Santa Ana City Council members Monday night again postponed allocations of a federal grant program until the May 6 council meeting, with Councilwoman Michele Martinez citing ongoing communication problems with city staff.

It’s the second time council members have continued the decision on how to allocate $5.6 million Community Development Block Grant funds, a federal program that for decades has supplemented cities’ budgets but has shrunk dramatically in recent years.

The funding has also been used to help plug the city’s yawning budget gaps instead of being allocated to community nonprofits, the traditional recipients of such revenue.

Councilman Sal Tinajero had said that seeing the item on a meeting agenda earlier this month without consulting council members was “insulting.”

But this time Martinez escalated the rhetoric, saying that she has “had enough” of staff ignoring her requests for information and for more participation in key decisions, a frequent complaint from members of a council majority dubbed the “Santa Ana Spring.” The majority seeks to exert more authority over the city bureaucracy and reduce the influence of longtime Mayor Miguel Pulido.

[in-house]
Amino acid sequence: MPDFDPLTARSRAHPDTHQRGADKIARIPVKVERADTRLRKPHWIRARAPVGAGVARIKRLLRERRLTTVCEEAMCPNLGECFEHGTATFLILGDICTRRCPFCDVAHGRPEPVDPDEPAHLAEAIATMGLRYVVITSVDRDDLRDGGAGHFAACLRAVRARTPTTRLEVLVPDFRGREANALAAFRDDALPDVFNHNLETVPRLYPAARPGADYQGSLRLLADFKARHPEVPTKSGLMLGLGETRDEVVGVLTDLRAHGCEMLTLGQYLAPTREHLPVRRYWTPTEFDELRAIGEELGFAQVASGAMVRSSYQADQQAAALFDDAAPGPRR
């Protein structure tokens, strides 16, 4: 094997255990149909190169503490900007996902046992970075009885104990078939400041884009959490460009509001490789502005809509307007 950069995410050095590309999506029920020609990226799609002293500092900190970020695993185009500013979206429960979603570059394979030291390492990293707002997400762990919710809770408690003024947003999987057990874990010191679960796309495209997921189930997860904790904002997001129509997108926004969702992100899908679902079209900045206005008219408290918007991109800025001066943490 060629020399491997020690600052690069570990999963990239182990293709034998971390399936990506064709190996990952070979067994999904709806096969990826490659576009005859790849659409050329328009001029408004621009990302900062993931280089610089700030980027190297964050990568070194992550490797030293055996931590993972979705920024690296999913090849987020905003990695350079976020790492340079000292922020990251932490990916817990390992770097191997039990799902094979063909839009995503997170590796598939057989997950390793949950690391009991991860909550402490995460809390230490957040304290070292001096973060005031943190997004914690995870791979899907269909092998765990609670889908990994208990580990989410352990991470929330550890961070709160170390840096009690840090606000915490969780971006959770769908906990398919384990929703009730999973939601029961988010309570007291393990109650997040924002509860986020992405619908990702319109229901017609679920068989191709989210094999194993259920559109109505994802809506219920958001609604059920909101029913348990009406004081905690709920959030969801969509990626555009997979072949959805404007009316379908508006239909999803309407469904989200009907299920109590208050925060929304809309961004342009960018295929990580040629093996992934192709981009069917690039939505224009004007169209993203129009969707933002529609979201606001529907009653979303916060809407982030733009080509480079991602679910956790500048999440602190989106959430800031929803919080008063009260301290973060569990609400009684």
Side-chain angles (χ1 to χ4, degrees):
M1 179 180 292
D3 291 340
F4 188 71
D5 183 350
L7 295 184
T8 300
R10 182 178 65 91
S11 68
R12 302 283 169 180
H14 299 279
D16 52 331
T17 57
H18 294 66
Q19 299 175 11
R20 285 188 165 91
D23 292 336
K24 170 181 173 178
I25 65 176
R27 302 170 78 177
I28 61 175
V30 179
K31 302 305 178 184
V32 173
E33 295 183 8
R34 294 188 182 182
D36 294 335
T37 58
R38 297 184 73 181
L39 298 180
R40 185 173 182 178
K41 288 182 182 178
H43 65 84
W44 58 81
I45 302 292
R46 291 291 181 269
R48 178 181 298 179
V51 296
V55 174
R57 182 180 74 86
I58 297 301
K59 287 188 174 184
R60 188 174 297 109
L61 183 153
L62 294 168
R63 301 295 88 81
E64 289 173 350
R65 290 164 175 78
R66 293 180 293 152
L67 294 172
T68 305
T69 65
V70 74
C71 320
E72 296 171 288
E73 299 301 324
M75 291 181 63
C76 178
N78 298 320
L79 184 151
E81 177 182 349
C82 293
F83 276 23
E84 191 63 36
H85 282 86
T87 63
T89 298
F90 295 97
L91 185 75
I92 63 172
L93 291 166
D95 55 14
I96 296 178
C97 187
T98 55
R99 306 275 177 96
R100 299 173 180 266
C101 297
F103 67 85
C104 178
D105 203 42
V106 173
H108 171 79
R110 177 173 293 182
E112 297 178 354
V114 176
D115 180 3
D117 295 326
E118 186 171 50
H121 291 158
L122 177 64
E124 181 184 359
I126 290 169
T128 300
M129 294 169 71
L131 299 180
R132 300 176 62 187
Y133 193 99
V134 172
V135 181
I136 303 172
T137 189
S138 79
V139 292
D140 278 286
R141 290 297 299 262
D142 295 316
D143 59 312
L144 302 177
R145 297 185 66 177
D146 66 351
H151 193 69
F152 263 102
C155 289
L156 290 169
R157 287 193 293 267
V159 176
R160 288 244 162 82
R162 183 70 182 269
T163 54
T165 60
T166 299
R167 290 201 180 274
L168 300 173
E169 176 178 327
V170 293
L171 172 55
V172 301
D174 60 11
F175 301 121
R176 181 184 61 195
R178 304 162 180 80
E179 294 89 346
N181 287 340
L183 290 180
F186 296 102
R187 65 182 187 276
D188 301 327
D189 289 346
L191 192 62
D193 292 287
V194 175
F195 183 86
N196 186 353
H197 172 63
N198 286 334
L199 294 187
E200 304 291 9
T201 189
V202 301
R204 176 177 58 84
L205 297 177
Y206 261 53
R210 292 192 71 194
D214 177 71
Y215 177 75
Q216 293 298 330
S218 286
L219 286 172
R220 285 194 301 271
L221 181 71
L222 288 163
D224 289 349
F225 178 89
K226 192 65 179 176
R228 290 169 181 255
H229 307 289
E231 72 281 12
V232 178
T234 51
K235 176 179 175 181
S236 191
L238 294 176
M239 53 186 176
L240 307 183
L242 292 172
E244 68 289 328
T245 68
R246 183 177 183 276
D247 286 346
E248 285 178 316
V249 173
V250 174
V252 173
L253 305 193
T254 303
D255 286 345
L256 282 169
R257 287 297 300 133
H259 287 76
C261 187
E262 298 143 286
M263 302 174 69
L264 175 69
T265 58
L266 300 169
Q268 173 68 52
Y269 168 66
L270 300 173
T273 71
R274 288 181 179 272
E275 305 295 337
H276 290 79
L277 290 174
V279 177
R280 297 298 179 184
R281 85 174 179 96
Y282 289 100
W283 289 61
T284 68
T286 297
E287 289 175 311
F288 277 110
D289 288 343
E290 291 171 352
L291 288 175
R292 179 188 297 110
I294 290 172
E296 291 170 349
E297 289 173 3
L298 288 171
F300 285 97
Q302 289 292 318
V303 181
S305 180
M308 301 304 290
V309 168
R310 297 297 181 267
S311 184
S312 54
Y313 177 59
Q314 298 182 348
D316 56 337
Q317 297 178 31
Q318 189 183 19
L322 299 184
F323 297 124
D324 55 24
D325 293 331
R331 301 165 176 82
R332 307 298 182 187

“Let the City Council have some input not at the eleventh hour,” Martinez said. “I’ve just gotten beyond upset.”

Among her questions, Martinez wanted to know why funding for code enforcement was cut in the latest round of funding allocations. She said the issue is a top priority for city residents. She also asked why council members weren’t involved in decisions regarding leftover grant funds and new city programs using the grant money.

Martinez said that she had discussed with staff at a meeting of a council committee a process to include council members in the decision-making, but then nothing was implemented. “We were ignored. And I don’t like to be ignored,” she said.

Deputy City Manager Jill Arthur said that there are restrictions to how much of the block grant funding can be used for code enforcement. For example, the grant funds would have to be tied to low-income neighborhoods, she said.

Arthur’s explanation regarding code enforcement funding notwithstanding, she agreed with Martinez’s assertion that council members must be more intimately involved in the funding allocations. “We need to change it, and we are 100 percent committed to changing that,” Arthur said.

Council members last week began reworking the lines of communication at City Hall so that council members are more informed. Among the larger changes being considered would be a change in meeting dates from the first and third Mondays of each month to Tuesdays of those weeks. The Mondays could then be used by city staff to brief council members on agenda items.

Council members said that before the next council meeting they would meet one-on-one with Arthur to hammer out the details of the funding plan.

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